Tour and tournament reports

Pakistan vs Australia in 2021-22

A review of Pakistan vs Australia in 2021-22

Taha Hashim
The winning wicket: Pat Cummins is pumped after destroying Naseem Shah's stumps, Pakistan vs Australia, 3rd Test, Lahore, 5th day, March 25, 2022

The winning wicket: Pat Cummins is pumped after destroying Naseem Shah's stumps  •  AFP/Getty Images

Tests (3): Pakistan 0 (8pts), Australia 1 (20pts)
One-day internationals (3): Pakistan 2 (20pts), Australia 1 (10pts)
Twenty20 international (1): Pakistan 0, Australia 1
New Zealand and England had controversially pulled out of trips to Pakistan just months earlier, so Australia's first visit since 1998-99 was wholeheartedly welcomed. "This tour is not just about cricket," declared PCB chief executive Faisal Hasnain on the morning of the First Test. "It's about mutual respect, understanding and admiration." His words set the tone for the next month. At Rawalpindi, Karachi and Lahore, crowds came in not just to hail their own, but to celebrate the return of the Australians, on their first Test tour anywhere since the 2019 Ashes. Camaraderie permeated the trip and, when Shaheen Shah Afridi and David Warner playfully squared up at Lahore, there was never an inkling of malice - just smiles from two men enjoying the contest. The friendliness did not dilute the quality, even if placid surfaces nearly did. The flattest of all was in the First Test at Rawalpindi, where 14 wickets fell in five days, and Pakistan totalled 728 for four across their two innings. "In my view, this does not represent an even contest between bat and ball," wrote match referee Ranjan Madugalle, who rated the pitch "below average".
Still, both teams had pacemen capable of defying the soil beneath their feet. For Pakistan, there were touches of the sublime in the displays of Afridi, 21 years old, and Naseem Shah, 19. Australia, though, could call on a more experienced and complete package: Mitchell Starc and Pat Cummins (aged 32 and 28) paid respect to local tradition by excelling with the old ball. Cummins, who finished as the joint-leading wicket-taker in the Test series, with 12 at 22, was immense on his first tour as captain. His side adapted superbly from the breakneck nature of their 4-0 Ashes win to a more sedate style of play; wickets would have to be earned with patience.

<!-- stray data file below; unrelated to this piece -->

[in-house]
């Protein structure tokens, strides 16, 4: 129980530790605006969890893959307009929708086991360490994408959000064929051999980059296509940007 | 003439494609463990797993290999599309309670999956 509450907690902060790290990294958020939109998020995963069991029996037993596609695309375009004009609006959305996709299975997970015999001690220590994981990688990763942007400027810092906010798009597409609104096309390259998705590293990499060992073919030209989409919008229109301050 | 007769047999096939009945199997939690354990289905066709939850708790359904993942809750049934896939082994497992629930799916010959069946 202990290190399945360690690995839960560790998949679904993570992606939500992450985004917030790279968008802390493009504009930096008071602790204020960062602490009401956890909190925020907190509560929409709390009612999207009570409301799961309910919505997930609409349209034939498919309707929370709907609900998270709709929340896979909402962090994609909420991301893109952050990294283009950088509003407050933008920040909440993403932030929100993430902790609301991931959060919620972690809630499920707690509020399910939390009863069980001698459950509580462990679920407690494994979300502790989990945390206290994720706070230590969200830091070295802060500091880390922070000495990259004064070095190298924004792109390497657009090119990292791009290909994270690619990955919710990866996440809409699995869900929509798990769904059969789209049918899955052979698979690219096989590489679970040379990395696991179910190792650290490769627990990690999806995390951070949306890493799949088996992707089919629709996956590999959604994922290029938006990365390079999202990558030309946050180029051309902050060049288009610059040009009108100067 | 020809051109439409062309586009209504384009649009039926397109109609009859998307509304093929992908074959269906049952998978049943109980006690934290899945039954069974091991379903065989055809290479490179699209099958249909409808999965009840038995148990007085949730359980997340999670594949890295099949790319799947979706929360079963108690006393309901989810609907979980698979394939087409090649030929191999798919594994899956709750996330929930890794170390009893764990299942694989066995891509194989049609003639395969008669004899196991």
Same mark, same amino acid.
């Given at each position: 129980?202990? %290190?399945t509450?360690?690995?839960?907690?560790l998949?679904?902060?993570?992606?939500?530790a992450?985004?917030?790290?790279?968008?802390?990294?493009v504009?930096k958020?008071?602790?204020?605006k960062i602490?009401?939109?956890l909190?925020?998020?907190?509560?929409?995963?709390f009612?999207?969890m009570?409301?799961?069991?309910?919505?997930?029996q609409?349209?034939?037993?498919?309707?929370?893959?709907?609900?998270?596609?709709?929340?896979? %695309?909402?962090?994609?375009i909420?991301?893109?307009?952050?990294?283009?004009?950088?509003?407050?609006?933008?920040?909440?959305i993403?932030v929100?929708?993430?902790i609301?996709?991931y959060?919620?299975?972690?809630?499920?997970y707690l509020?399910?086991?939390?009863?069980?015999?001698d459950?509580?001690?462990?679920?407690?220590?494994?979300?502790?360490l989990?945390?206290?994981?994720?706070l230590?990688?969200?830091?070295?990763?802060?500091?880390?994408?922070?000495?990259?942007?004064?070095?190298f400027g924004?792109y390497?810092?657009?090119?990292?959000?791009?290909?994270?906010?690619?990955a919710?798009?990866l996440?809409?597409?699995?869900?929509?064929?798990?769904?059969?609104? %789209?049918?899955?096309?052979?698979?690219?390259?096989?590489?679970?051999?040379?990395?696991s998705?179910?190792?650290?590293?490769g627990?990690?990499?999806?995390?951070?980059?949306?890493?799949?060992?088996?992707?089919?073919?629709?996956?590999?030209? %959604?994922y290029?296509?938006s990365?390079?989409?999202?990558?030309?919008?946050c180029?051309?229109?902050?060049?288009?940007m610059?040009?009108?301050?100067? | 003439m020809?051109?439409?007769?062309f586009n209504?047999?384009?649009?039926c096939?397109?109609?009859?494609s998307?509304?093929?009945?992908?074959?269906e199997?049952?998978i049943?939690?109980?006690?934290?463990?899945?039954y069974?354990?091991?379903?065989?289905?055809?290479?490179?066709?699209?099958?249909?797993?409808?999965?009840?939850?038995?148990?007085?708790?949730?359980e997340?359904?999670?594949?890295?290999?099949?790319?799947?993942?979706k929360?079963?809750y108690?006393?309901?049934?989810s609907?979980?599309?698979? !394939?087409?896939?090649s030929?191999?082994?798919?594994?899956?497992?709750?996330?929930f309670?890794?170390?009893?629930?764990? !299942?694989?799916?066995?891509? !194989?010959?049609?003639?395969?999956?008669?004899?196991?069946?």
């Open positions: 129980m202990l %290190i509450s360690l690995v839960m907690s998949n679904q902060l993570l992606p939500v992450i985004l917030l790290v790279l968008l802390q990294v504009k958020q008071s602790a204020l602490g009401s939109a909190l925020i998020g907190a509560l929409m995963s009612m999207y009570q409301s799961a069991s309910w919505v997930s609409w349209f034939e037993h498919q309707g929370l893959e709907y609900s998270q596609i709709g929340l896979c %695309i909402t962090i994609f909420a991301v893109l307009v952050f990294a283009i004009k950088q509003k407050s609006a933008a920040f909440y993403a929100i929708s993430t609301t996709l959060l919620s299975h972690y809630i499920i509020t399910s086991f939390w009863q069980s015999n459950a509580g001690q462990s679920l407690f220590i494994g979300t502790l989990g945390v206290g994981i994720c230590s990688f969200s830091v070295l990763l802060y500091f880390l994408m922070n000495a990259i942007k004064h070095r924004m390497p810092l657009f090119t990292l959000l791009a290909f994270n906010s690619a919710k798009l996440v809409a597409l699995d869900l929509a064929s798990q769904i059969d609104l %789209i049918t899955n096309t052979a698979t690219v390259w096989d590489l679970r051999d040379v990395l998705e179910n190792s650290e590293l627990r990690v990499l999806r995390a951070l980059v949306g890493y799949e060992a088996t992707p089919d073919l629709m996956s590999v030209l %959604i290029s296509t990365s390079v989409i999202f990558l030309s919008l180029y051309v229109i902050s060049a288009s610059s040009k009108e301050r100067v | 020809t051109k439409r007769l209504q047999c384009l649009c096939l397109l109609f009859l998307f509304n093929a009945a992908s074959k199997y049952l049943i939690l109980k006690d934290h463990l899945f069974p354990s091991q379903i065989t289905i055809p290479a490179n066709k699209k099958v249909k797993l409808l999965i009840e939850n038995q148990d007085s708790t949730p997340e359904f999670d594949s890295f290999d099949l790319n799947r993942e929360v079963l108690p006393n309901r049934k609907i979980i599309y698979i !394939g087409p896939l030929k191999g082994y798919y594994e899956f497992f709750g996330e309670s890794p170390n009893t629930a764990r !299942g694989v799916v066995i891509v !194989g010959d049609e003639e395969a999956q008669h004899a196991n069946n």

It was fitting that such a hard-fought series was decided in the last session of the final game. It was right, too, that Australia were the victors - and they became the first winners of the new Benaud-Qadir Trophy, named in honour of a great leg-spinner from each country. While Cummins starred with the ball, Usman Khawaja put together a stunning run with the bat. He was born in Islamabad and moved to Australia as a boy, so this was a homecoming, and one he embraced. Looking at ease from first innings to last, he scored 97, 160, 44 not out, 91 and 104 not out. A total of 496 runs at 165 made it the most bountiful series of his career, but he could see the wider picture. "This series was bigger than us," he wrote on social media. "We wanted to show the world we care, and to help continue to grow this game that we love."
Pakistan's defeat at Lahore was their first on home soil since they lost to South Africa in October 2007, though this was only the 11th Test there in the meantime. But they could take solace from a first one-day international series win over Australia for almost 20 years. Babar Azam and Imam-ul-Haq each hit two hundreds and a half-century in the three-game series, with Babar lifting his average to an astonishing 59 after 86 one-day internationals. The artistry and versatility of his batsmanship in all formats were something to behold. In the Karachi Test, he batted for more than ten hours to save the match, while in the second ODI he sped Pakistan, chasing 349, towards victory by reaching a hundred from 73 balls. He even found time for a half-century in the Twenty20 game, though he could not prevent an Australian win.